March 5, 2013 – FILM LECTURE
Today’s Topic: Stardom
Richard Dyer = first to study stardom. He claimed that the director was not the sole
author. Stars, as the public face of the film, affect how the film is viewed and perceived.
Stars are constructed phenomena. The attributes, meanings, identities and values
that the name “Brad Pitt” connotes, for example, are derived more from a persona,
a constructed entity rather than a person.
Dyer says a star is constructed through a combination of textual, intertextual
(largely determined by the character traits, gestures, acts that reoccur) and
extratextual material. For example, James Dean was seen as Jim Stark and Jim
Stark was seen as James Dean. Mary Pickford, also, played a lot of characters that
were innocent, but got things done. She played young girls and teenagers even
into her 30s. When she cut her hair and tried new roles (more mature), there was a
backlash against her. Stars are also constructed by extra textual material like fan
magazines, fan clubs, news stories on shows like Entertainment Tonight and
interviews given to journalists and talk show hosts.
We will emphasize the intertextual in the construction of a persona. It is usually the roles
an actor plays that form the backbone of a star’s persona. An actor’s film performances
complete the star image created. However, sometimes extratextual material overwhelms
the textual and intertextual. For example, Jane Fonda’s political activism in the Vietnam
War overrode her roles. Today, the extratextual is always in danger of overwhelming
everything else (with the internet and youtube, the extratextual is much more readily
available). For ex, when we think about Charlie Sheen or Mel Gibson, we think about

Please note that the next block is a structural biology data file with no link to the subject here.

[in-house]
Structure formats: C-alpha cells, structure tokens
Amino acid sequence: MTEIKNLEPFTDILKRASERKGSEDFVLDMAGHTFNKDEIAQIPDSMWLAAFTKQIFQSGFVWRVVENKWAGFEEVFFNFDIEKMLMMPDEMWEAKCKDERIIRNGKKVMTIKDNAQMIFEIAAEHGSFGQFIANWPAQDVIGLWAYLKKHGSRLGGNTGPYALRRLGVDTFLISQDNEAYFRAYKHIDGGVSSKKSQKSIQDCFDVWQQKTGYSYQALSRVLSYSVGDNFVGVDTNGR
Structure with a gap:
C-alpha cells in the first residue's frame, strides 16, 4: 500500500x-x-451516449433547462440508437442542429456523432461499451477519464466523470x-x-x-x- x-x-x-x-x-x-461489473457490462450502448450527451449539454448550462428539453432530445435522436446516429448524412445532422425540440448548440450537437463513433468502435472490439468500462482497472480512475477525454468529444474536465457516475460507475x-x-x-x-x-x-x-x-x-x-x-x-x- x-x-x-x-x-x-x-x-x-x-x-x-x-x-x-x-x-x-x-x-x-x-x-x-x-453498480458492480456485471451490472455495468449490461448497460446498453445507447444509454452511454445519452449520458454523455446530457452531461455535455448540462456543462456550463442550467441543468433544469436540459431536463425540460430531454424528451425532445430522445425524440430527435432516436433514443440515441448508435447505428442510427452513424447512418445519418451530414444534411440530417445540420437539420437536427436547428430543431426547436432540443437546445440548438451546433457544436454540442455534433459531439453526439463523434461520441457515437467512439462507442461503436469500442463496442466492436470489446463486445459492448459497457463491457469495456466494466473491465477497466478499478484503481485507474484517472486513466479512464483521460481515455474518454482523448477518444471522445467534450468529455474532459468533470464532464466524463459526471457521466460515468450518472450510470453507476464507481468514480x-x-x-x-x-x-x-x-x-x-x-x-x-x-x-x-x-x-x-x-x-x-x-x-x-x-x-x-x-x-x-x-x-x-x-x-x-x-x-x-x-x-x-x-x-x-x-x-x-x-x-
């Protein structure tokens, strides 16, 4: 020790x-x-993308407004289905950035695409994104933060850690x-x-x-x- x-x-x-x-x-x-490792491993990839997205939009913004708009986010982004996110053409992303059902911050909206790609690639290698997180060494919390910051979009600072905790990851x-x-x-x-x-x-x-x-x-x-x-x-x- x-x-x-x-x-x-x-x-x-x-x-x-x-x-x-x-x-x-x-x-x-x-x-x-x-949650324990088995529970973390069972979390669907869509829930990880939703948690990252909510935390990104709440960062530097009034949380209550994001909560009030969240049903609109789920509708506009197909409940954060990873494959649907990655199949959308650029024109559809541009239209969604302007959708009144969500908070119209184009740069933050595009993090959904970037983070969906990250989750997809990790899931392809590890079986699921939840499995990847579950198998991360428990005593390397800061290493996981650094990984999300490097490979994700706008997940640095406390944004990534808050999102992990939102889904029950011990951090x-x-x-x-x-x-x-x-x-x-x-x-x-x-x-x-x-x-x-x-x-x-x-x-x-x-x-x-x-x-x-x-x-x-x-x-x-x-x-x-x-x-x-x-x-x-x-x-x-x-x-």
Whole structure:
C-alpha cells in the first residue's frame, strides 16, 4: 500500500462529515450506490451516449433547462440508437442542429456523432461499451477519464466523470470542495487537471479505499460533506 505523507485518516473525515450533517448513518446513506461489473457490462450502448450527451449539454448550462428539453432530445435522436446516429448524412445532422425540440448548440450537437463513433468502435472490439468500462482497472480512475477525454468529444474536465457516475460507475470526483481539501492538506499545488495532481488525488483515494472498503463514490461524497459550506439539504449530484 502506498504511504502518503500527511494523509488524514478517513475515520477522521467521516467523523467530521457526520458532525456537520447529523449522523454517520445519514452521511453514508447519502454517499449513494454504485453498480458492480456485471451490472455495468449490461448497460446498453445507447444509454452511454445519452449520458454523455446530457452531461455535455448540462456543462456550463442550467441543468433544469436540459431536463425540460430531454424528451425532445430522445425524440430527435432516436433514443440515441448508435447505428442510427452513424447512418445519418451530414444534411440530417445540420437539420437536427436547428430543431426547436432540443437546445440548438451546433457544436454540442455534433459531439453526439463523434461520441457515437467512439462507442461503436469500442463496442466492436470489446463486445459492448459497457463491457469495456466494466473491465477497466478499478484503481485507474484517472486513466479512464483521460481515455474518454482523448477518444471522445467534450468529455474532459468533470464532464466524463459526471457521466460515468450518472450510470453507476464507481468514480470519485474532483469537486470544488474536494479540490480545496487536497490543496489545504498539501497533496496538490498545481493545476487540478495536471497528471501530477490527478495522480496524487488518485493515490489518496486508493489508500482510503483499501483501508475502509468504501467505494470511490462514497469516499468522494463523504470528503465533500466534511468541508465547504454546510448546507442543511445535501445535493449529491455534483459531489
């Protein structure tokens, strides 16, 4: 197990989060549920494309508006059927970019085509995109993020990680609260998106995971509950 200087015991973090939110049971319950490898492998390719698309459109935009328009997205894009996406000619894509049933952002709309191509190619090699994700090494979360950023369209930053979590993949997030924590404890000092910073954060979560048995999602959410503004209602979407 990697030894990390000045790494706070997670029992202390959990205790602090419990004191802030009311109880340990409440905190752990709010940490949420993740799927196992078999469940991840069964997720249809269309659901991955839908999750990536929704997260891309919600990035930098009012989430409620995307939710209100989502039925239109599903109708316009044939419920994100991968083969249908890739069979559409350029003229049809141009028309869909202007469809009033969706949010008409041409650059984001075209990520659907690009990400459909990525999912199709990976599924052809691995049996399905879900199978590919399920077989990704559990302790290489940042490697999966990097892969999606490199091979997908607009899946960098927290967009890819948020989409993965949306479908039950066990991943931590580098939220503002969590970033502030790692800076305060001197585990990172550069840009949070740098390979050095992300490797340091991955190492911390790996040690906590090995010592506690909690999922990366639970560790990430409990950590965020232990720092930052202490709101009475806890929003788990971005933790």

their problems with the law. Also, Kim Kardashian or Paris Hilton became famous for
playing themselves, not other people in dramas. Hollywood cultivates star power. The
American Cinema is also indelibly connected to genre, so the study on genre focuses on
Hollywood cinema (this happens for stardom as well). We will be studying Bette David.
While actors are laborers, stars are commodities. When the novelty of moving picture
wore off, producers realized it was to their benefit to incorporate the names of the actors
into the publicity of the films. After this, actors helped exhibit the films to audiences. The
actors were sold, as the public bought tickets so as to consume the star with their eyes for
a certain period of time. The public was very concerned with WHO was moving on the
screen. Following this, the close-up started to be used. As the Hollywood studios took
shape over the course of the 1930s, they relied heavily on stars to sell their products.
Therefore, they wanted to come up with the most appealing stars possible. With the
studio star, the goal on the part of those producing publicity was three fold:
The star had to be constructed as an upright member of society, as righteous (In
the 1920s, there were many scandals involving stars, and these scandals led
people to believe that Hollywood was a breeding ground for loose morals.
Petitions asked Hollywood to chang